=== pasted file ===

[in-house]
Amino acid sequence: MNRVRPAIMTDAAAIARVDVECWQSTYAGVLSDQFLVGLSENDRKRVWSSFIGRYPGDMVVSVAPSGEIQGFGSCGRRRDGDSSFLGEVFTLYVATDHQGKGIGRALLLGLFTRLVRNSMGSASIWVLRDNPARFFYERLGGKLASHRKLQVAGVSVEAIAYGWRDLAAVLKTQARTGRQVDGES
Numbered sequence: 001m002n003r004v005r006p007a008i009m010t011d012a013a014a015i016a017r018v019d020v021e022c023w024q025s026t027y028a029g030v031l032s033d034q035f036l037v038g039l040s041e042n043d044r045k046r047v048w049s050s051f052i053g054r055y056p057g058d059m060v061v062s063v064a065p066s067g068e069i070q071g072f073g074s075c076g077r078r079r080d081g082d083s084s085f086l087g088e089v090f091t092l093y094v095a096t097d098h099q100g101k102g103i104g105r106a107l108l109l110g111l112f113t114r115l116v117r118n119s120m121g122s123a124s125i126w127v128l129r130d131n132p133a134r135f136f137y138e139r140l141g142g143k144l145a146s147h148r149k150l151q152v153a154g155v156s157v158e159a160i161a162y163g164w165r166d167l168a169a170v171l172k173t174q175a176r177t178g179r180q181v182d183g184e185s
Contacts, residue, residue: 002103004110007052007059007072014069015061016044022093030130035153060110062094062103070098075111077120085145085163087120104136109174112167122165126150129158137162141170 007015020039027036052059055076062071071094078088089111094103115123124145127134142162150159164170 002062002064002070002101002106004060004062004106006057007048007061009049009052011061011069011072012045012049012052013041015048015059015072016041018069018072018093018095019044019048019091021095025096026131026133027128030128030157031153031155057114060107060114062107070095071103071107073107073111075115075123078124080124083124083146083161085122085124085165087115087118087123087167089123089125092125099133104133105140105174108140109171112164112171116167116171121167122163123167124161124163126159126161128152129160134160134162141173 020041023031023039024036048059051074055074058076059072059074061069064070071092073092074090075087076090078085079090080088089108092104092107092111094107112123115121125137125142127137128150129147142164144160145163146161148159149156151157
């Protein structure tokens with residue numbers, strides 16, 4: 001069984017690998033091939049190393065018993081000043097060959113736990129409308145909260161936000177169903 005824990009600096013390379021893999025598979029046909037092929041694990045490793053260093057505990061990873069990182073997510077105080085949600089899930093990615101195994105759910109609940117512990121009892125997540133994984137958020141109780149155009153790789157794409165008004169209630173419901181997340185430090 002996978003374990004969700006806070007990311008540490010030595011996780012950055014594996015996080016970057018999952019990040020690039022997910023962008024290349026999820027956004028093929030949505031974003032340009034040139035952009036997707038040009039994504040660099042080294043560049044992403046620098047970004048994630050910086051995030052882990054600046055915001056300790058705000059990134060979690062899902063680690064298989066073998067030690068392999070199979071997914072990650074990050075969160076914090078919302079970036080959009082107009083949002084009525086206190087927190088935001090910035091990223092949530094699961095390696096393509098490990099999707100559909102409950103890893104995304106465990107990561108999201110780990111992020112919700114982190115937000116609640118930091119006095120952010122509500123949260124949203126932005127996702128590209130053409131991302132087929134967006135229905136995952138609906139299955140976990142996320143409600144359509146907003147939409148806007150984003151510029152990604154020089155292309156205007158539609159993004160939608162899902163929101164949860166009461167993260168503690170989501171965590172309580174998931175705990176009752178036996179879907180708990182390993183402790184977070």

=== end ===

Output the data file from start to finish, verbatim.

[in-house]
Amino acid sequence: MNRVRPAIMTDAAAIARVDVECWQSTYAGVLSDQFLVGLSENDRKRVWSSFIGRYPGDMVVSVAPSGEIQGFGSCGRRRDGDSSFLGEVFTLYVATDHQGKGIGRALLLGLFTRLVRNSMGSASIWVLRDNPARFFYERLGGKLASHRKLQVAGVSVEAIAYGWRDLAAVLKTQARTGRQVDGES
Numbered sequence: 001m002n003r004v005r006p007a008i009m010t011d012a013a014a015i016a017r018v019d020v021e022c023w024q025s026t027y028a029g030v031l032s033d034q035f036l037v038g039l040s041e042n043d044r045k046r047v048w049s050s051f052i053g054r055y056p057g058d059m060v061v062s063v064a065p066s067g068e069i070q071g072f073g074s075c076g077r078r079r080d081g082d083s084s085f086l087g088e089v090f091t092l093y094v095a096t097d098h099q100g101k102g103i104g105r106a107l108l109l110g111l112f113t114r115l116v117r118n119s120m121g122s123a124s125i126w127v128l129r130d131n132p133a134r135f136f137y138e139r140l141g142g143k144l145a146s147h148r149k150l151q152v153a154g155v156s157v158e159a160i161a162y163g164w165r166d167l168a169a170v171l172k173t174q175a176r177t178g179r180q181v182d183g184e185s
Contacts, residue, residue: 002103004110007052007059007072014069015061016044022093030130035153060110062094062103070098075111077120085145085163087120104136109174112167122165126150129158137162141170 007015020039027036052059055076062071071094078088089111094103115123124145127134142162150159164170 002062002064002070002101002106004060004062004106006057007048007061009049009052011061011069011072012045012049012052013041015048015059015072016041018069018072018093018095019044019048019091021095025096026131026133027128030128030157031153031155057114060107060114062107070095071103071107073107073111075115075123078124080124083124083146083161085122085124085165087115087118087123087167089123089125092125099133104133105140105174108140109171112164112171116167116171121167122163123167124161124163126159126161128152129160134160134162141173 020041023031023039024036048059051074055074058076059072059074061069064070071092073092074090075087076090078085079090080088089108092104092107092111094107112123115121125137125142127137128150129147142164144160145163146161148159149156151157
């Protein structure tokens with residue numbers, strides 16, 4: 001069984017690998033091939049190393065018993081000043097060959113736990129409308145909260161936000177169903 005824990009600096013390379021893999025598979029046909037092929041694990045490793053260093057505990061990873069990182073997510077105080085949600089899930093990615101195994105759910109609940117512990121009892125997540133994984137958020141109780149155009153790789157794409165008004169209630173419901181997340185430090 002996978003374990004969700006806070007990311008540490010030595011996780012950055014594996015996080016970057018999952019990040020690039022997910023962008024290349026999820027956004028093929030949505031974003032340009034040139035952009036997707038040009039994504040660099042080294043560049044992403046620098047970004048994630050910086051995030052882990054600046055915001056300790058705000059990134060979690062899902063680690064298989066073998067030690068392999070199979071997914072990650074990050075969160076914090078919302079970036080959009082107009083949002084009525086206190087927190088935001090910035091990223092949530094699961095390696096393509098490990099999707100559909102409950103890893104995304106465990107990561108999201110780990111992020112919700114982190115937000116609640118930091119006095120952010122509500123949260124949203126932005127996702128590209130053409131991302132087929134967006135229905136995952138609906139299955140976990142996320143409600144359509146907003147939409148806007150984003151510029152990604154020089155292309156205007158539609159993004160939608162899902163929101164949860166009461167993260168503690170989501171965590172309580174998931175705990176009752178036996179879907180708990182390993183402790184977070």